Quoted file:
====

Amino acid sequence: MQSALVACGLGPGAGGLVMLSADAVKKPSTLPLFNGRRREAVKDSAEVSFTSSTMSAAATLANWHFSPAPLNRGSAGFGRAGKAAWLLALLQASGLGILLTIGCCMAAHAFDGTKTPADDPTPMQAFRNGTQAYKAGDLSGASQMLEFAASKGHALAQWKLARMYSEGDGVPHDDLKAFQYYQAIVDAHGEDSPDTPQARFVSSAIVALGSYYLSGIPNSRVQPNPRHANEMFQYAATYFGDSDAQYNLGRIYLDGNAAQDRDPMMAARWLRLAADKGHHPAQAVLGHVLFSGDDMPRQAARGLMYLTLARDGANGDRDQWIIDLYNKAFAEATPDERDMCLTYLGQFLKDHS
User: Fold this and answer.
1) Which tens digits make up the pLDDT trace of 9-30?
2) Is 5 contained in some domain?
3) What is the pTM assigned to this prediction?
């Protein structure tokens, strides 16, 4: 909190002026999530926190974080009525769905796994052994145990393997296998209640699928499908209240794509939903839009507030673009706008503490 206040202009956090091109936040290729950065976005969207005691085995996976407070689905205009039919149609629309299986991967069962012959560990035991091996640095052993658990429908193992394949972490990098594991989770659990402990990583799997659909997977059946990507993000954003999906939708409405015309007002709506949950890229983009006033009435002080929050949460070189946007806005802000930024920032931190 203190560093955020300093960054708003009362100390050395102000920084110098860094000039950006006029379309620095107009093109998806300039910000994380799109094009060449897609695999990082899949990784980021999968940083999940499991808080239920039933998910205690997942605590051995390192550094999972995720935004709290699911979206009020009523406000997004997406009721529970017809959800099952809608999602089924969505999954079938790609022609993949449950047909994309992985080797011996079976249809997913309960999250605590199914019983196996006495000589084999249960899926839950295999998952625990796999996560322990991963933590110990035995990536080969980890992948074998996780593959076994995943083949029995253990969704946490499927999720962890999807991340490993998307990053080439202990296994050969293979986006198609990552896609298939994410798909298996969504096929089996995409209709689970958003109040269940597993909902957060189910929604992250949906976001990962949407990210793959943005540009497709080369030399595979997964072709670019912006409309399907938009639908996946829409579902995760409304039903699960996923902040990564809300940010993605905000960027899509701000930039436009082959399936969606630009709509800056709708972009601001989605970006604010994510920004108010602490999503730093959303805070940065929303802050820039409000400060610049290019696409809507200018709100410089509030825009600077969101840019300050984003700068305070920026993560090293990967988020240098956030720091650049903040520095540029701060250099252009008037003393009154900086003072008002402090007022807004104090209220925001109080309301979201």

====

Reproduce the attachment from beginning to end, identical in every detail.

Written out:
Amino acid sequence: MQSALVACGLGPGAGGLVMLSADAVKKPSTLPLFNGRRREAVKDSAEVSFTSSTMSAAATLANWHFSPAPLNRGSAGFGRAGKAAWLLALLQASGLGILLTIGCCMAAHAFDGTKTPADDPTPMQAFRNGTQAYKAGDLSGASQMLEFAASKGHALAQWKLARMYSEGDGVPHDDLKAFQYYQAIVDAHGEDSPDTPQARFVSSAIVALGSYYLSGIPNSRVQPNPRHANEMFQYAATYFGDSDAQYNLGRIYLDGNAAQDRDPMMAARWLRLAADKGHHPAQAVLGHVLFSGDDMPRQAARGLMYLTLARDGANGDRDQWIIDLYNKAFAEATPDERDMCLTYLGQFLKDHS
User: Fold this and answer.
1) Which tens digits make up the pLDDT trace of 9-30?
2) Is 5 contained in some domain?
3) What is the pTM assigned to this prediction?
């Protein structure tokens, strides 16, 4: 909190002026999530926190974080009525769905796994052994145990393997296998209640699928499908209240794509939903839009507030673009706008503490 206040202009956090091109936040290729950065976005969207005691085995996976407070689905205009039919149609629309299986991967069962012959560990035991091996640095052993658990429908193992394949972490990098594991989770659990402990990583799997659909997977059946990507993000954003999906939708409405015309007002709506949950890229983009006033009435002080929050949460070189946007806005802000930024920032931190 203190560093955020300093960054708003009362100390050395102000920084110098860094000039950006006029379309620095107009093109998806300039910000994380799109094009060449897609695999990082899949990784980021999968940083999940499991808080239920039933998910205690997942605590051995390192550094999972995720935004709290699911979206009020009523406000997004997406009721529970017809959800099952809608999602089924969505999954079938790609022609993949449950047909994309992985080797011996079976249809997913309960999250605590199914019983196996006495000589084999249960899926839950295999998952625990796999996560322990991963933590110990035995990536080969980890992948074998996780593959076994995943083949029995253990969704946490499927999720962890999807991340490993998307990053080439202990296994050969293979986006198609990552896609298939994410798909298996969504096929089996995409209709689970958003109040269940597993909902957060189910929604992250949906976001990962949407990210793959943005540009497709080369030399595979997964072709670019912006409309399907938009639908996946829409579902995760409304039903699960996923902040990564809300940010993605905000960027899509701000930039436009082959399936969606630009709509800056709708972009601001989605970006604010994510920004108010602490999503730093959303805070940065929303802050820039409000400060610049290019696409809507200018709100410089509030825009600077969101840019300050984003700068305070920026993560090293990967988020240098956030720091650049903040520095540029701060250099252009008037003393009154900086003072008002402090007022807004104090209220925001109080309301979201």